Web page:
More importantly, NetFlow statistics are also utilized by security and SOC teams to spot changes in network behavior or identify abnormal traffic patterns that may lead to a security breach. NetFlow data can reveal where the most network resources are being consumed. Some malicious activities such as outbound spam runs and data exfiltration drain network resources, so if there are resource spikes in unusual areas it can be a pointer to an underlying security issue.

Limitations of NetFlow

NetFlow provides lots of benefits to the network admin team, especially in the area of network traffic visibility, planning, and security. Nevertheless, there are several limitations you need to be aware of:

  • Performance Impact NetFlow has a performance impact on the devices where it is implemented. All the traffic that passes through your network needs to be processed in your NetFlow cache and after a certain point, your device may experience performance issues.
  • Limited Export Cisco NetFlow devices only allow you to export two flows to two NetFlow collectors. Forwarding flows to only fewer collectors than required to properly manage and troubleshoot the network may impact visibility. to properly manage and troubleshoot the network.
  • Latency One of the issues with NetFlow is the time lag between traffic passing through your network and your ability to view and make sense of them. This delay can be as much as 5 minutes. In the context of computing and networks, the negative impact of this delay can be significant, especially in networks where availability and performance are paramount.

What is sFlow?

sFlow from InMon Corporation is a packet sampling protocol used to record statistical, infrastructure, routing, and other metadata about traffic traversing an sFlow-enabled network device. The letter “s” in sFlow stands for “sampled” or “sampling”, and it’s key to understanding sFlow and how it differs from NetFlow. Sampling forms an integral part of sFlow. It is similar to taking random snapshots or sampling vehicles traveling from point A to point B at a given period. SFlow was designed to perform flow-export by random sampling of packets and time-based sampling of network interfaces, and not by considering every packet. This enables it to achieve scalability, making it ideal for use in high-speed networks because of its ability to scale.

By enabling network admins to gain deep visibility into network usage and active routes of complex and high-speed networks, sFlow provides the data required to effectively control and manage network usage, ensuring that network services perform optimally. sFlow is supported by multiple network device manufacturers and network management software vendors such as IBM, HP, Cisco, Dell, Alcatel-Lucent, Aruba, and a host of others.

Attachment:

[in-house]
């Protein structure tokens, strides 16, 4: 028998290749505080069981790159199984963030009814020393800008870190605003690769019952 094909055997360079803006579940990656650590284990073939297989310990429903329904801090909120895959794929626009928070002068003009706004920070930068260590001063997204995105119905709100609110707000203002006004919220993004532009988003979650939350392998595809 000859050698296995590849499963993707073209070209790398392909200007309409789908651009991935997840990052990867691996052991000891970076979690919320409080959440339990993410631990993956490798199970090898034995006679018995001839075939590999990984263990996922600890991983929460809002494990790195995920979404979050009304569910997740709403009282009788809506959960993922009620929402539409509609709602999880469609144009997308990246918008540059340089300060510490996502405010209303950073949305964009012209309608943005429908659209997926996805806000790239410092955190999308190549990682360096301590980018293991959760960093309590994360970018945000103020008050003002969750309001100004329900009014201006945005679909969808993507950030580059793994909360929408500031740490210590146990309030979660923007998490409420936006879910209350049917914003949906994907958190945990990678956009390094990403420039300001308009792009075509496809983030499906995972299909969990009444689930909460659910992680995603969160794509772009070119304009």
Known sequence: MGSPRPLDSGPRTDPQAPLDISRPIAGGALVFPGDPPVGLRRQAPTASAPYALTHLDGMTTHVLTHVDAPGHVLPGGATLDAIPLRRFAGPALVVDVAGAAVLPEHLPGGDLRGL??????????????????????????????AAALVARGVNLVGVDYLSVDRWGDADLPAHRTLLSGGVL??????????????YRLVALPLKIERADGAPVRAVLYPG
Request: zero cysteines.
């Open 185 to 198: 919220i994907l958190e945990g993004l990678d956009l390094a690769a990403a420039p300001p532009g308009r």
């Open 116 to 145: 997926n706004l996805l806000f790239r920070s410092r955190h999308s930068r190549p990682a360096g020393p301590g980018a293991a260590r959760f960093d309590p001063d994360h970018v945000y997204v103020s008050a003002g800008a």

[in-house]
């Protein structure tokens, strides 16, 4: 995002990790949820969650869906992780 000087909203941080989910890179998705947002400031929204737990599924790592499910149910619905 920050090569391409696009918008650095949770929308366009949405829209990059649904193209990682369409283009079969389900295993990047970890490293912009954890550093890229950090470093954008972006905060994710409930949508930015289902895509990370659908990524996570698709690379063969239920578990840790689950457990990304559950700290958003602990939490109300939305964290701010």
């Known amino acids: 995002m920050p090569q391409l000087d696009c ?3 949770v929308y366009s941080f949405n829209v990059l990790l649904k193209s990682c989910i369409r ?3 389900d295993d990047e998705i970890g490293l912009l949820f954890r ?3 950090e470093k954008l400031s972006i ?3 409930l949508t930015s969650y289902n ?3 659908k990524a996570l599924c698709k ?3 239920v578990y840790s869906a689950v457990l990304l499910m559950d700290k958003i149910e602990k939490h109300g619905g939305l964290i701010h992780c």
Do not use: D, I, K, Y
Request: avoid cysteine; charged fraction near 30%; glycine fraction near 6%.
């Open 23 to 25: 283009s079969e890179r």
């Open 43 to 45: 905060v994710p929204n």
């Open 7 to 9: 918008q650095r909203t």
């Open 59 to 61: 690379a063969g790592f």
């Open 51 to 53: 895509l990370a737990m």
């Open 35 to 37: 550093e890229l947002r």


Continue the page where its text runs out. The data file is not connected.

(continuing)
How sFlow Works

sFlow system architecture
Figure 2.0 | sFlow system architecture | Image Credit: ResearchGate

An sFlow system consists of multiple devices performing two types of sampling: random sampling of packets, and time-based sampling of counters. The sampled packet and counter information referred to as flow samples and counter samples respectively, are sent as sFlow datagrams to a central server running software that analyzes and reports on network traffic; the sFlow collector.

An sFlow monitoring system architecture consists of the following key components:

  • sFlow Agent A function assigned to network devices such as switches and routers that collect information from outgoing packets and forward the samples.
  • sFlow Collector A function assigned to review the information of each sFlow Agent created.

The sFlow exporter collects prefixes from random samples of all the packets passing through the monitored interface. Based on a defined sampling rate, an average of 1 out of n number of packets is randomly sampled. The exporter then assembles each sampled packet with device counters and sends it out to the sFlow collector. This type of sampling may not give you a high-level accuracy, but it does provide important information you need to make informed decisions. The device does not cache any of the data or sampled packet, thereby reducing resource usage. This ensures that performance is not impeded and makes it easy to scale up to high-speed networks.

Why Use sFlow? 

The network generates traffic. The sFlow protocol offers network admins the opportunity to capture and monitor this traffic for abnormal patterns. sFlow makes these abnormal traffic patterns visible with detailed information to support response efforts and corrective actions. sFlow can be used to spot congested links and identify the source of the traffic, and the associated application, device, or user.